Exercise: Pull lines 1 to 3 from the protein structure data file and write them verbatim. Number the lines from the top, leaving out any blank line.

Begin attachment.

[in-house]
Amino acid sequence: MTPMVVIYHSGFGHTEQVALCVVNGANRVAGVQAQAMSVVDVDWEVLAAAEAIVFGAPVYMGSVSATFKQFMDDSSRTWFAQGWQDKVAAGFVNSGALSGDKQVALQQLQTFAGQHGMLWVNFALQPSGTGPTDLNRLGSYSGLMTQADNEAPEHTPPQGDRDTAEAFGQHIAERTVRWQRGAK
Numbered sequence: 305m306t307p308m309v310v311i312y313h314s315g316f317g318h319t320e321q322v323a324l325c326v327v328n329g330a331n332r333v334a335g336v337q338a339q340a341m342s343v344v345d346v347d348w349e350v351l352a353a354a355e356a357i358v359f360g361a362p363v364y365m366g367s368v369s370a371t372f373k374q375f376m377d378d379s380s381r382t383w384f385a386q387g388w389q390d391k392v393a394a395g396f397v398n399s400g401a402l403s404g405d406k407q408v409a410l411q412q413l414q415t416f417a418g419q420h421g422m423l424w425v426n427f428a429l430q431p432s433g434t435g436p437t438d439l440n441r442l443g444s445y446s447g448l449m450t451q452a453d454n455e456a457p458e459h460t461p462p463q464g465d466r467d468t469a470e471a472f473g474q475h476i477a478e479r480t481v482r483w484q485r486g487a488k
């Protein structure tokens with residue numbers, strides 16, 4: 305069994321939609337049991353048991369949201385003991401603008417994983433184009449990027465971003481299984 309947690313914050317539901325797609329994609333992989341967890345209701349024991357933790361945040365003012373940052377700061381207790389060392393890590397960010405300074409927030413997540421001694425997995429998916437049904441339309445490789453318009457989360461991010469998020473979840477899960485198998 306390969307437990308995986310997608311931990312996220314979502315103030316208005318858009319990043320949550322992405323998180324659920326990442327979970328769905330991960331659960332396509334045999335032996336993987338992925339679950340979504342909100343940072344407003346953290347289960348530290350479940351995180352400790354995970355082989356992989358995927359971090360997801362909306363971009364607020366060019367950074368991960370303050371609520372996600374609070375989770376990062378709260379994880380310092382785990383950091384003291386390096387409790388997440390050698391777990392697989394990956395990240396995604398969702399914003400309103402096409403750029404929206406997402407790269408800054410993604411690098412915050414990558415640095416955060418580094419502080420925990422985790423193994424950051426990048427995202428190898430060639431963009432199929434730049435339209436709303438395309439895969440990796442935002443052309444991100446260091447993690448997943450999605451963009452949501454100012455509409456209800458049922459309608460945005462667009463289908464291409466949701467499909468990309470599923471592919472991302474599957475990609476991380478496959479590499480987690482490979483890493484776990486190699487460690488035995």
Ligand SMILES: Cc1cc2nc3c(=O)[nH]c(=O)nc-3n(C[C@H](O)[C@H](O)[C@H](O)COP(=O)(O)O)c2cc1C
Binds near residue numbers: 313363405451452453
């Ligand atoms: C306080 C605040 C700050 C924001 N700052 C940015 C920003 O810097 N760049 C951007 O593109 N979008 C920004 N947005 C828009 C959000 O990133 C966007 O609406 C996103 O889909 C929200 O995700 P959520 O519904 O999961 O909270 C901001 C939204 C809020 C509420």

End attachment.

[in-house]
Amino acid sequence: MTPMVVIYHSGFGHTEQVALCVVNGANRVAGVQAQAMSVVDVDWEVLAAAEAIVFGAPVYMGSVSATFKQFMDDSSRTWFAQGWQDKVAAGFVNSGALSGDKQVALQQLQTFAGQHGMLWVNFALQPSGTGPTDLNRLGSYSGLMTQADNEAPEHTPPQGDRDTAEAFGQHIAERTVRWQRGAK
Numbered sequence: 305m306t307p308m309v310v311i312y313h314s315g316f317g318h319t320e321q322v323a324l325c326v327v328n329g330a331n332r333v334a335g336v337q338a339q340a341m342s343v344v345d346v347d348w349e350v351l352a353a354a355e356a357i358v359f360g361a362p363v364y365m366g367s368v369s370a371t372f373k374q375f376m377d378d379s380s381r382t383w384f385a386q387g388w389q390d391k392v393a394a395g396f397v398n399s400g401a402l403s404g405d406k407q408v409a410l411q412q413l414q415t416f417a418g419q420h421g422m423l424w425v426n427f428a429l430q431p432s433g434t435g436p437t438d439l440n441r442l443g444s445y446s447g448l449m450t451q452a453d454n455e456a457p458e459h460t461p462p463q464g465d466r467d468t469a470e471a472f473g474q475h476i477a478e479r480t481v482r483w484q485r486g487a488k